After a decade working abroad, chef Nikolas Tsimidakis returned home last year from Dubai hoping that Greece’s eventual recovery from the pandemic and a surge of Mediterranean tourism would land him a good job.

Like many others, he was disappointed. As fresh lockdowns delayed Greece’s reopening and the start of the tourist season, Tsimidakis struggled to find work that offered security and a decent wage. Reluctantly, he decided to return to the Gulf after finding a well-paid job in Abu Dhabi.

“I had two [job] offers [in Greece] . . . But no one could tell me when the hotel would open or for how long,” Tsimidakis said.

Decisions like his explain why Greece is now suffering labour shortages in tourism. The sector typically accounts for a fifth of economic output, but is struggling to prepare for the vital summer season as potential candidates for restaurant and bar jobs are deterred by the risk of renewed Covid-19 restrictions shutting businesses down.

The problem threatens to exert a serious drag on the country’s recovery from the pandemic, given tourism’s central importance to the economy. “It’s the first time we are facing such a shortage in the industry,” said George Kavathas, president of Greece’s federation of restaurants and related professions.

Many other countries, such as Germany, have also found it difficult to recruit bar and restaurant staff as the pandemic eased. The difference with Greece is the sector’s relative size and economic weight.

It typically employs more than 432,000 people, or 10 per cent of the national workforce, proportionately almost twice as much as Spain. So any problems can have macroeconomic implications.

HSBC has forecast the return of tourism as a whole would boost Greek growth by two percentage points this year, after accounting for fully two-thirds of last year’s drop of more than 8 per cent in gross domestic product.

Christos Staikouras, the finance minister, has meanwhile forecast that tourism receipts would reach €8bn in 2021 — less than half 2019’s €18bn take but double last year’s mid-pandemic slump when industry revenues collapsed to €4bn.

But economists now warn that the labour shortage, despite Greece’s 16.5 per cent unemployment rate, the EU’s highest, could hold back economic growth and dent those economic and revenue projections.

“The main sectors creating jobs . . . such as tourism, retail and entertainment are being hit with uncertainty,” said Nikos Vettas, general director of IOBE, an economic think-tank. “It’s unclear how fast they will go back to the pre-Covid levels.”

Hercules Zisimopoulos, a bar, hotel and restaurant owner who also heads a local tourism industry group on the party island Mykonos, blamed the repeated cycle of lockdowns and easing of restrictions for discouraging workers from taking up the jobs again.

“The constant opening and closing of restaurants and bars during the previous year has created great uncertainty, and employees fear that we might be forced to shut again,” he said. “That’s why they are looking for other types of jobs,” such as delivery drivers.

Compounding the problem is an oversupply of mediocre cafés, bars and restaurants that do not offer attractive employment prospects. After the financial crisis, the hospitality sector served as a buffer for many who lacked a job or were low skilled.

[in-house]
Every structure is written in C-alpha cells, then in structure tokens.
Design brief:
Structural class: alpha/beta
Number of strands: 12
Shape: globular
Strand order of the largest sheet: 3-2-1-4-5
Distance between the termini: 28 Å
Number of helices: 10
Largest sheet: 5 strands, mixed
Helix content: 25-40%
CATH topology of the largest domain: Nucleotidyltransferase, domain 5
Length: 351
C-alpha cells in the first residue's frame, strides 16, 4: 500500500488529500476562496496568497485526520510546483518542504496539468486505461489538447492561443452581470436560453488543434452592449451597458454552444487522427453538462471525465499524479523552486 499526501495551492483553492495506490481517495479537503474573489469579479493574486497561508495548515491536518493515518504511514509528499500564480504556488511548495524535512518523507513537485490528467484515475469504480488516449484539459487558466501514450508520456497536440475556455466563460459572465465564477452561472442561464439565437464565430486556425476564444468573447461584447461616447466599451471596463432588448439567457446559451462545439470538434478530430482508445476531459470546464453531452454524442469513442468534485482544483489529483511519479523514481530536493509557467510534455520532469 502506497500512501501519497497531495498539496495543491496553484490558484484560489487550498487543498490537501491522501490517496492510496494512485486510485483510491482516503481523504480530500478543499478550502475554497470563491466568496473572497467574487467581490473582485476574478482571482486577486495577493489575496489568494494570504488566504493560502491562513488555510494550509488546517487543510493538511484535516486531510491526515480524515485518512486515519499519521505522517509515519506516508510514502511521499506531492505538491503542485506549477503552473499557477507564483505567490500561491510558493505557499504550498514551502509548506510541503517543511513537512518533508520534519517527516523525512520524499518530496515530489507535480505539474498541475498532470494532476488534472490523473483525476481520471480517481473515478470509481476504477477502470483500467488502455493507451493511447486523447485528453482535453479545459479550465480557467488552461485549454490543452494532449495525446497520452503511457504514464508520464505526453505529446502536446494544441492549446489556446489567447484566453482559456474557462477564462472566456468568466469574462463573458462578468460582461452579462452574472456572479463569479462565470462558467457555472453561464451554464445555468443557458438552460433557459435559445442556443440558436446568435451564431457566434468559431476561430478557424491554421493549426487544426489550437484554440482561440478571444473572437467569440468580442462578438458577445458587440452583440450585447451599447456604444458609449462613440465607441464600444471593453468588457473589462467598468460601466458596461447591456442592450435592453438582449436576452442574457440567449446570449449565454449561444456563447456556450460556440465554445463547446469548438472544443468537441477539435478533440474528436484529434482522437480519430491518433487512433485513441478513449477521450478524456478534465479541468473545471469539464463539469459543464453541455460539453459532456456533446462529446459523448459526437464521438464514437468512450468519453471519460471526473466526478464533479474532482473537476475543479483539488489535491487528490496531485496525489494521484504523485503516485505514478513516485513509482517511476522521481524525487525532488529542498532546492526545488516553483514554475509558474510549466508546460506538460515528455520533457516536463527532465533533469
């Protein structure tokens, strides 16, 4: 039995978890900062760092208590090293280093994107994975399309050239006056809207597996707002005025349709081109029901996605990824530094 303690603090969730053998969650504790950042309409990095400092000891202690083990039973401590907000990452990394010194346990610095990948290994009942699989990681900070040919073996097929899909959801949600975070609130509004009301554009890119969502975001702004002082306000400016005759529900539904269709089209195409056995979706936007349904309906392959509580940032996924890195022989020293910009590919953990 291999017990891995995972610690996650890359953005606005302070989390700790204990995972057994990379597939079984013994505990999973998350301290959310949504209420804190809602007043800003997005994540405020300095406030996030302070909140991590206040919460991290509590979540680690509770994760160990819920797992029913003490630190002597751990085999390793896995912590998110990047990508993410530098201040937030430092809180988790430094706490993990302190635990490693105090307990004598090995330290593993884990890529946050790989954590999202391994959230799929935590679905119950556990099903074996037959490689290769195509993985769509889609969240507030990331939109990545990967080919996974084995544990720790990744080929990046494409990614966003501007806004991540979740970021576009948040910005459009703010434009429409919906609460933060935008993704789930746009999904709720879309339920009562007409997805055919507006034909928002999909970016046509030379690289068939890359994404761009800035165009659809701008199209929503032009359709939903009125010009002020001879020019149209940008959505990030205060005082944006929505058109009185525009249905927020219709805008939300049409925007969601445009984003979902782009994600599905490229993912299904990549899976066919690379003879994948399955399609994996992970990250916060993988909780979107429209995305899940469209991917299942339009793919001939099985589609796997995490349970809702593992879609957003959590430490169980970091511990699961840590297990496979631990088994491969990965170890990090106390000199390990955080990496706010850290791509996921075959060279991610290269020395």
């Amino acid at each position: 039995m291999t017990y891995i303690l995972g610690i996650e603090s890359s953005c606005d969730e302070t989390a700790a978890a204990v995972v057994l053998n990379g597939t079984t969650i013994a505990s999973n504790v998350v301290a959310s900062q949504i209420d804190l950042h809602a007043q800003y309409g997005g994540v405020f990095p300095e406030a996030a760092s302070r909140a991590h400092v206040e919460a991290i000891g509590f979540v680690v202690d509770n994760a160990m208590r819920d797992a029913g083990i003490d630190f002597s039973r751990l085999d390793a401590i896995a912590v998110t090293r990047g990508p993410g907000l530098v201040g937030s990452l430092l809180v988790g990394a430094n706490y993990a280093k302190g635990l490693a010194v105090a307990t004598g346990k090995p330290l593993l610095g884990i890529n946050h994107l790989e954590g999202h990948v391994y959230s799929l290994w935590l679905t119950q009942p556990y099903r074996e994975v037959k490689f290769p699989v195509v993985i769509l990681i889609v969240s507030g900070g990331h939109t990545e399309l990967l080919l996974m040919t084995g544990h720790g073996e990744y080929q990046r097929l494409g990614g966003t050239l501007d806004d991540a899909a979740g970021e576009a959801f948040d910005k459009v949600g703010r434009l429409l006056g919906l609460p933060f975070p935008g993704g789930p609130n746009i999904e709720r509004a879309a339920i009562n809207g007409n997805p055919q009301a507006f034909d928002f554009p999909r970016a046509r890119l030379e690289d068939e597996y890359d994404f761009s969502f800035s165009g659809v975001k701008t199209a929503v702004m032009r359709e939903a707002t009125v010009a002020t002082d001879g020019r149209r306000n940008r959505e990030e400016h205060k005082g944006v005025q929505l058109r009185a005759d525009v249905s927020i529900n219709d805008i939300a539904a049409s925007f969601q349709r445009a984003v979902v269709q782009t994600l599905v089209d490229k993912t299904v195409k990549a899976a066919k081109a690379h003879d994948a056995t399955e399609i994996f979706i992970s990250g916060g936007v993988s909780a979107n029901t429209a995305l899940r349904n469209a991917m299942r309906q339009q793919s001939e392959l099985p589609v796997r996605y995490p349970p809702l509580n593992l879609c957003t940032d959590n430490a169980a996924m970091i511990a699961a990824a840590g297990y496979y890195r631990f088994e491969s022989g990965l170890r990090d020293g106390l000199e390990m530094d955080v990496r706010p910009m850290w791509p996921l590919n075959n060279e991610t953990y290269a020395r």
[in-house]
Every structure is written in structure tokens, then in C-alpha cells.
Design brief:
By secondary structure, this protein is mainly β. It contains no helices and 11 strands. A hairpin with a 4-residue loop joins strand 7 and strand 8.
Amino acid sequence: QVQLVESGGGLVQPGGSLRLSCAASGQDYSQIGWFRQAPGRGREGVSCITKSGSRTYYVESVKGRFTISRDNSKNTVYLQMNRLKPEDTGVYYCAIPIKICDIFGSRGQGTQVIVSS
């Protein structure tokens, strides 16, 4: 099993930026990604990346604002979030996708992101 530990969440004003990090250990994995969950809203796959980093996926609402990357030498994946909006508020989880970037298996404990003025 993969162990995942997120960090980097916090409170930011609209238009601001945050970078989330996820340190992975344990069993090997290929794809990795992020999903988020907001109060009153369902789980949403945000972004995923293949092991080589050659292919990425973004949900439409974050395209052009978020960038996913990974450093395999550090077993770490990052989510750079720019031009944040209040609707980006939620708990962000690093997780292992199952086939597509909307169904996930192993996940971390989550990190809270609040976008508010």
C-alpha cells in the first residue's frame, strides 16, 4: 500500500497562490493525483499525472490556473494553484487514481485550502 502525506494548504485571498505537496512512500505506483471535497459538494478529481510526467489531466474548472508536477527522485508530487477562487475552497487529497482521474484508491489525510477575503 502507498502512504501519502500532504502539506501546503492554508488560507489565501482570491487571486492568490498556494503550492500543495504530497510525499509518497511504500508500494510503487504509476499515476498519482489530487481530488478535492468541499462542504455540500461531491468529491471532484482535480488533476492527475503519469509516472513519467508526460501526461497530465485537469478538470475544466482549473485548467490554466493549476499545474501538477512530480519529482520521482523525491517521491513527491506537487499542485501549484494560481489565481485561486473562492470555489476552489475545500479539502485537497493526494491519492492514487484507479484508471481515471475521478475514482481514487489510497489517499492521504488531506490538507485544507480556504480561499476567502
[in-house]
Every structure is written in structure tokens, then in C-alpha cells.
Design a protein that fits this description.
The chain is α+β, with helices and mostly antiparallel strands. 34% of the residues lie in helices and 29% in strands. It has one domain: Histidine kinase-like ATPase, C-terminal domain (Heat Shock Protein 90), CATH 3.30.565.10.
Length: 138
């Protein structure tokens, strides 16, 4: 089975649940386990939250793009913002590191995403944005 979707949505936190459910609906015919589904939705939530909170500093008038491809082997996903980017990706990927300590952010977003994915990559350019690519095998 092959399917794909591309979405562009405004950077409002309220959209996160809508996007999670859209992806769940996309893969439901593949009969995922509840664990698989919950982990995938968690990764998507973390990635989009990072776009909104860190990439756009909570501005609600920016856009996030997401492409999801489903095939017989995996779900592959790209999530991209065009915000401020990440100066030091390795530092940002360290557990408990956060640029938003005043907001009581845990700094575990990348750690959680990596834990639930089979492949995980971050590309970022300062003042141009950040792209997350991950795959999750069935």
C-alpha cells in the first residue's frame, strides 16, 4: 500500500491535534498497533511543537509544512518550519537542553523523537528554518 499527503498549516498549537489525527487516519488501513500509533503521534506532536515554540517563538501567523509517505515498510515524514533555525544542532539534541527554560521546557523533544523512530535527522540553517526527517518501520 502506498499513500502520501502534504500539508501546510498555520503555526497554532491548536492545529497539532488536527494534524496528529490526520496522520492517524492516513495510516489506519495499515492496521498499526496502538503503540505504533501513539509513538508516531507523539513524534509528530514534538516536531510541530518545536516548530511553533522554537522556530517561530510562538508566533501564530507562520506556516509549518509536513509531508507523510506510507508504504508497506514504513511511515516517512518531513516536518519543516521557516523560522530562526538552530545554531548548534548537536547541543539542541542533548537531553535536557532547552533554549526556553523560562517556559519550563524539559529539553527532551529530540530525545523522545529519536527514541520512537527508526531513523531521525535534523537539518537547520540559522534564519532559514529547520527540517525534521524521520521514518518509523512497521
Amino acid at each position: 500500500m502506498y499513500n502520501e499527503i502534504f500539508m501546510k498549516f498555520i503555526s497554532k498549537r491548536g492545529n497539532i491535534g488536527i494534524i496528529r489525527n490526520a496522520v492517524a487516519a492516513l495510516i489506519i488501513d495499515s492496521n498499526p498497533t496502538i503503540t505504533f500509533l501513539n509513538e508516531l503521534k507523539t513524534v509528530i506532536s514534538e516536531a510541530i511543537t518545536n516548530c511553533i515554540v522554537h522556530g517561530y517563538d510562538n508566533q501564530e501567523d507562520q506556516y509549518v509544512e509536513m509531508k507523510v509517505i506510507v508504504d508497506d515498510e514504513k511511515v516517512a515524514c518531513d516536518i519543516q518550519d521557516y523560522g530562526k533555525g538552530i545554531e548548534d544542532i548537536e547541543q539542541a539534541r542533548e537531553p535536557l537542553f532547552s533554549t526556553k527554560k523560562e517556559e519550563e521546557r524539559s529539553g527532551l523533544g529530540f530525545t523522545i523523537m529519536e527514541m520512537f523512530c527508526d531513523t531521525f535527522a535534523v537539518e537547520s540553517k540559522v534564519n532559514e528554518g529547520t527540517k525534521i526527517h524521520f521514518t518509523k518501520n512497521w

As much as 92 per cent of all new businesses that opened between 2010 and 2020 were in the food and beverage sector, Kavathas has calculated, leading to a long-brewing crisis of oversupply that came to a head during the pandemic.

“People think it’s an easy profession, that anyone can open a café, but this is not true,” said Kavathas. “The oversupply . . . hurts everyone as quality drops and limited profits are shared among more . . . What we see now is the tip of the iceberg.”

Some restaurateurs say government policies to mitigate Covid-19’s economic impact have worsened the problem. Subsidies paid to employees whose restaurants and bars closed are still on offer as indoor dining has not yet been allowed to resume.

Line chart of GDP, rebased (2019 = 100) showing Greece

Many workers now prefer to live off their €534 a month state stipend, rather than work in a restaurant where salaries start at about €850 a month, restaurateurs say. The subsidy scheme has cost the government almost €1bn since the pandemic began.

“Many have become complacent because of the benefits they are getting, and they are not looking for a job,” said restaurant and bar owner Nektarios Nikolopoulos, who is based in Athens and the island of Serifos.

Others see the staff shortage as a symptom of broader problems in Greek labour markets.

The country’s decade-long economic crisis led to lower wages that have not yet recovered, youth unemployment that is among Europe’s highest, and the emigration of many skilled workers — such as chef Tsimidakis.

The staff shortages are “a sign of dysfunctionality in the labour market”, said Vettas, who blamed “too many regulations” for making employment in Greece “inflexible”.

Meanwhile, even Greece’s most famous venues are worried.

Lefteris Lazarou, a Michelin-starred chef, said this summer season was the first in 35 years in which his renowned restaurant Varoulko — on the seafront of Piraeus, on the outskirts of Athens — had struggled to fill all its 76 staff positions, which are usually taken in a flash.

“Every year, my in-box was so full with résumés of people wanting to work here that I wasn’t able to go through them,” he said. “Now, I don’t have a single one.”